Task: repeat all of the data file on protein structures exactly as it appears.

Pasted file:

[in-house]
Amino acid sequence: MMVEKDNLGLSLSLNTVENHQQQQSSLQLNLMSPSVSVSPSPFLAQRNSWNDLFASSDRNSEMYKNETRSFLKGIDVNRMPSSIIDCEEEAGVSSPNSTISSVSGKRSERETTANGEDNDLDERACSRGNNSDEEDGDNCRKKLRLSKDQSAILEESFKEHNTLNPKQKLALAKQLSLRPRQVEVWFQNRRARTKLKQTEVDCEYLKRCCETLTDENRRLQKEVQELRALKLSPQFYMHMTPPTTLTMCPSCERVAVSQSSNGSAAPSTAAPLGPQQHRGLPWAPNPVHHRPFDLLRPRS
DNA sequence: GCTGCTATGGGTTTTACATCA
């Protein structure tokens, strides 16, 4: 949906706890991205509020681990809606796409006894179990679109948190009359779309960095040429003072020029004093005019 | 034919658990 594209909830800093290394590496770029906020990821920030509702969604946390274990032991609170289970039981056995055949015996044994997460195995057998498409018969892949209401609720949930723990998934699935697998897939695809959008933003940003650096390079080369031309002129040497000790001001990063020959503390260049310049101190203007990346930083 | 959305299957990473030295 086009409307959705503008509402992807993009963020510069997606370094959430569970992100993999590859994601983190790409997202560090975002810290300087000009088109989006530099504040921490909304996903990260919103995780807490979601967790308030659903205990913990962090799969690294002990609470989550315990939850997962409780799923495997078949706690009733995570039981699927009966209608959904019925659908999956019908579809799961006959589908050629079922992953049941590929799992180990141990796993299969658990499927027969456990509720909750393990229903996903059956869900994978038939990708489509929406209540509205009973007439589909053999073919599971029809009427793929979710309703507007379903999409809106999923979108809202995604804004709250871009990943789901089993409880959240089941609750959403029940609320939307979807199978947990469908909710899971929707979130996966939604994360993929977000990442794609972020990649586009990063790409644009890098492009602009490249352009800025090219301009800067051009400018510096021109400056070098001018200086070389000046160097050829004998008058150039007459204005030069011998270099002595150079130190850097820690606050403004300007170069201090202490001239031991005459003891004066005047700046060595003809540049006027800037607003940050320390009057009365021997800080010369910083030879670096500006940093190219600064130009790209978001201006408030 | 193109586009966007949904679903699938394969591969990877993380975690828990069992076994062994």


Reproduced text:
[in-house]
Amino acid sequence: MMVEKDNLGLSLSLNTVENHQQQQSSLQLNLMSPSVSVSPSPFLAQRNSWNDLFASSDRNSEMYKNETRSFLKGIDVNRMPSSIIDCEEEAGVSSPNSTISSVSGKRSERETTANGEDNDLDERACSRGNNSDEEDGDNCRKKLRLSKDQSAILEESFKEHNTLNPKQKLALAKQLSLRPRQVEVWFQNRRARTKLKQTEVDCEYLKRCCETLTDENRRLQKEVQELRALKLSPQFYMHMTPPTTLTMCPSCERVAVSQSSNGSAAPSTAAPLGPQQHRGLPWAPNPVHHRPFDLLRPRS
DNA sequence: GCTGCTATGGGTTTTACATCA
């Protein structure tokens, strides 16, 4: 949906706890991205509020681990809606796409006894179990679109948190009359779309960095040429003072020029004093005019 | 034919658990 594209909830800093290394590496770029906020990821920030509702969604946390274990032991609170289970039981056995055949015996044994997460195995057998498409018969892949209401609720949930723990998934699935697998897939695809959008933003940003650096390079080369031309002129040497000790001001990063020959503390260049310049101190203007990346930083 | 959305299957990473030295 086009409307959705503008509402992807993009963020510069997606370094959430569970992100993999590859994601983190790409997202560090975002810290300087000009088109989006530099504040921490909304996903990260919103995780807490979601967790308030659903205990913990962090799969690294002990609470989550315990939850997962409780799923495997078949706690009733995570039981699927009966209608959904019925659908999956019908579809799961006959589908050629079922992953049941590929799992180990141990796993299969658990499927027969456990509720909750393990229903996903059956869900994978038939990708489509929406209540509205009973007439589909053999073919599971029809009427793929979710309703507007379903999409809106999923979108809202995604804004709250871009990943789901089993409880959240089941609750959403029940609320939307979807199978947990469908909710899971929707979130996966939604994360993929977000990442794609972020990649586009990063790409644009890098492009602009490249352009800025090219301009800067051009400018510096021109400056070098001018200086070389000046160097050829004998008058150039007459204005030069011998270099002595150079130190850097820690606050403004300007170069201090202490001239031991005459003891004066005047700046060595003809540049006027800037607003940050320390009057009365021997800080010369910083030879670096500006940093190219600064130009790209978001201006408030 | 193109586009966007949904679903699938394969591969990877993380975690828990069992076994062994």